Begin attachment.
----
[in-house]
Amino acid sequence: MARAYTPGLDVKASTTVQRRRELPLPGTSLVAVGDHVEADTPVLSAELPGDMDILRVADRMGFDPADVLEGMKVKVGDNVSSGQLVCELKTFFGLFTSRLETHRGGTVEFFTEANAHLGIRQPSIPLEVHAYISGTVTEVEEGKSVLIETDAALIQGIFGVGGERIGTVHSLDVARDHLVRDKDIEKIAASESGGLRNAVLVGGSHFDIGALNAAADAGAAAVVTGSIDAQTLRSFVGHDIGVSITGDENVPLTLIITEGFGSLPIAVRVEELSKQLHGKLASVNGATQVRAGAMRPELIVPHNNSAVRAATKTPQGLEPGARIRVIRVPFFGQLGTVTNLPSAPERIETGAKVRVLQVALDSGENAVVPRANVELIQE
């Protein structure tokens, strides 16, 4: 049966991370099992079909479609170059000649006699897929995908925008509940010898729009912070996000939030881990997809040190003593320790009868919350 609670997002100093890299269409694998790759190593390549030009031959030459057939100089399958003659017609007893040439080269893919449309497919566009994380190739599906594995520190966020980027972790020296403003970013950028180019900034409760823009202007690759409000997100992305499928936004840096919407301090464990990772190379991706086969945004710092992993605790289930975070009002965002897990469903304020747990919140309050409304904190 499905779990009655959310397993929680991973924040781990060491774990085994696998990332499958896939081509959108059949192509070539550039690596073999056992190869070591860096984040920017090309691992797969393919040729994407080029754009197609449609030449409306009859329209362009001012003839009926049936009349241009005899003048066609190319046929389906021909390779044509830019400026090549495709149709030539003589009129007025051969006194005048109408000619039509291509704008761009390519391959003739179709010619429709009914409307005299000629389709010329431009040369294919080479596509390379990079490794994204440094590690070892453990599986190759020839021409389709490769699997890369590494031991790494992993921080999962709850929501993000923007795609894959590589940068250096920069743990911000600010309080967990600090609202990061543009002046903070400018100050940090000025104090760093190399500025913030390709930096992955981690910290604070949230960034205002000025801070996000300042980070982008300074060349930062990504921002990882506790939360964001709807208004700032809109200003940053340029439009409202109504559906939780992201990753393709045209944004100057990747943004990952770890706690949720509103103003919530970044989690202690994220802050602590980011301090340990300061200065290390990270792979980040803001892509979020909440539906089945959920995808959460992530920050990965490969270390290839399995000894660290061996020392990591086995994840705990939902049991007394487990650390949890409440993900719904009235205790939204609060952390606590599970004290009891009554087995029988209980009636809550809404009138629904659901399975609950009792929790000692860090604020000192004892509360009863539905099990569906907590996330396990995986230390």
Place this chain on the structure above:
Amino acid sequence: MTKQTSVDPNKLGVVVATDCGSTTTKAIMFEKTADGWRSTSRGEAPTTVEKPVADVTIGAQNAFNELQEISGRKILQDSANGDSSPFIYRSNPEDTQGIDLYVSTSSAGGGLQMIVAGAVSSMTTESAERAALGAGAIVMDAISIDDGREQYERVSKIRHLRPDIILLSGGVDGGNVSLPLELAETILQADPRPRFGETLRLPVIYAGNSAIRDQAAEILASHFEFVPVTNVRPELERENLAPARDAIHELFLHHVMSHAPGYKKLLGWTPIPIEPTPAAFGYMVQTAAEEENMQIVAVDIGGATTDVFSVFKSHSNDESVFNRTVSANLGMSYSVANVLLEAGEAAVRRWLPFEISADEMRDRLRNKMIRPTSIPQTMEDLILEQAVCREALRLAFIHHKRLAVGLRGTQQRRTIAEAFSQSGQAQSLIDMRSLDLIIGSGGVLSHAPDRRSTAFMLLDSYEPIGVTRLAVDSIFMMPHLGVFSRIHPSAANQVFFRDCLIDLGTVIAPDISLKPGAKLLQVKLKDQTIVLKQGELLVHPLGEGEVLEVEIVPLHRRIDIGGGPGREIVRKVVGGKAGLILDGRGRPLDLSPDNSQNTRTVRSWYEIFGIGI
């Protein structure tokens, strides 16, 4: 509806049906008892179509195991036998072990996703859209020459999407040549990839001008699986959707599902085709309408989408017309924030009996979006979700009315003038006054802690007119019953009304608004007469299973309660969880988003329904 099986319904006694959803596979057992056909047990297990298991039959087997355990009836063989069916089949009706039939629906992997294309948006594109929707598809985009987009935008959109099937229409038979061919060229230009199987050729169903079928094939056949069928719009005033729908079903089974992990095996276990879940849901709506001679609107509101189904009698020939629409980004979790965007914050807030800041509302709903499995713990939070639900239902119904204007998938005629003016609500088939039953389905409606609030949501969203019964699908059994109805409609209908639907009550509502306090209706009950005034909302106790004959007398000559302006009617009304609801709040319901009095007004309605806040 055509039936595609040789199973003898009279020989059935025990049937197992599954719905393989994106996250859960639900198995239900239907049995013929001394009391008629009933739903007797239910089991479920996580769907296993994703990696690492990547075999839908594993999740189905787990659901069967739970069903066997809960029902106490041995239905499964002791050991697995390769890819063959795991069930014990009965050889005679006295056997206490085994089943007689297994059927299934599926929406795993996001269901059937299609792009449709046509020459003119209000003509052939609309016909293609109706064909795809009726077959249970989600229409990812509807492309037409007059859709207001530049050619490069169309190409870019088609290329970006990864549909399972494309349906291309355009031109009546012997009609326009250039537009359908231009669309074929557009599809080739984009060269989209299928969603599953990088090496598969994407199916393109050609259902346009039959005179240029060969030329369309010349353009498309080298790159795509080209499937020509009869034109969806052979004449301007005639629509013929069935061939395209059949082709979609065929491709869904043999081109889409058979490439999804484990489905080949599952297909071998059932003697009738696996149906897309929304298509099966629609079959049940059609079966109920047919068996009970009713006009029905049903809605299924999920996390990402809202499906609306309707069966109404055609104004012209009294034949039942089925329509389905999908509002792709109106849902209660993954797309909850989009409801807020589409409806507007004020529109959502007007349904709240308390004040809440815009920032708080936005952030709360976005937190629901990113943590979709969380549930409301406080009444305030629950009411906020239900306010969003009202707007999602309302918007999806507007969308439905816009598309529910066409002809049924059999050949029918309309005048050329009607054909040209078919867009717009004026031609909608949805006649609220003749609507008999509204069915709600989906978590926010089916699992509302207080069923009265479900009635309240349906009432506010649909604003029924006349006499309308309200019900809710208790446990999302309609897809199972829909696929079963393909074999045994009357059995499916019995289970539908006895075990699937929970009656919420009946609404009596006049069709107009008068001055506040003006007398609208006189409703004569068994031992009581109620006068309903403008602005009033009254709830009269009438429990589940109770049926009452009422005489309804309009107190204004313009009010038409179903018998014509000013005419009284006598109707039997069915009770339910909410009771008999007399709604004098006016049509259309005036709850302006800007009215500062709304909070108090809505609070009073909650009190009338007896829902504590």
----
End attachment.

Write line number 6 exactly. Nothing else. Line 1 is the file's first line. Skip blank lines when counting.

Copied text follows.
């Protein structure tokens, strides 16, 4: 509806049906008892179509195991036998072990996703859209020459999407040549990839001008699986959707599902085709309408989408017309924030009996979006979700009315003038006054802690007119019953009304608004007469299973309660969880988003329904 099986319904006694959803596979057992056909047990297990298991039959087997355990009836063989069916089949009706039939629906992997294309948006594109929707598809985009987009935008959109099937229409038979061919060229230009199987050729169903079928094939056949069928719009005033729908079903089974992990095996276990879940849901709506001679609107509101189904009698020939629409980004979790965007914050807030800041509302709903499995713990939070639900239902119904204007998938005629003016609500088939039953389905409606609030949501969203019964699908059994109805409609209908639907009550509502306090209706009950005034909302106790004959007398000559302006009617009304609801709040319901009095007004309605806040 055509039936595609040789199973003898009279020989059935025990049937197992599954719905393989994106996250859960639900198995239900239907049995013929001394009391008629009933739903007797239910089991479920996580769907296993994703990696690492990547075999839908594993999740189905787990659901069967739970069903066997809960029902106490041995239905499964002791050991697995390769890819063959795991069930014990009965050889005679006295056997206490085994089943007689297994059927299934599926929406795993996001269901059937299609792009449709046509020459003119209000003509052939609309016909293609109706064909795809009726077959249970989600229409990812509807492309037409007059859709207001530049050619490069169309190409870019088609290329970006990864549909399972494309349906291309355009031109009546012997009609326009250039537009359908231009669309074929557009599809080739984009060269989209299928969603599953990088090496598969994407199916393109050609259902346009039959005179240029060969030329369309010349353009498309080298790159795509080209499937020509009869034109969806052979004449301007005639629509013929069935061939395209059949082709979609065929491709869904043999081109889409058979490439999804484990489905080949599952297909071998059932003697009738696996149906897309929304298509099966629609079959049940059609079966109920047919068996009970009713006009029905049903809605299924999920996390990402809202499906609306309707069966109404055609104004012209009294034949039942089925329509389905999908509002792709109106849902209660993954797309909850989009409801807020589409409806507007004020529109959502007007349904709240308390004040809440815009920032708080936005952030709360976005937190629901990113943590979709969380549930409301406080009444305030629950009411906020239900306010969003009202707007999602309302918007999806507007969308439905816009598309529910066409002809049924059999050949029918309309005048050329009607054909040209078919867009717009004026031609909608949805006649609220003749609507008999509204069915709600989906978590926010089916699992509302207080069923009265479900009635309240349906009432506010649909604003029924006349006499309308309200019900809710208790446990999302309609897809199972829909696929079963393909074999045994009357059995499916019995289970539908006895075990699937929970009656919420009946609404009596006049069709107009008068001055506040003006007398609208006189409703004569068994031992009581109620006068309903403008602005009033009254709830009269009438429990589940109770049926009452009422005489309804309009107190204004313009009010038409179903018998014509000013005419009284006598109707039997069915009770339910909410009771008999007399709604004098006016049509259309005036709850302006800007009215500062709304909070108090809505609070009073909650009190009338007896829902504590």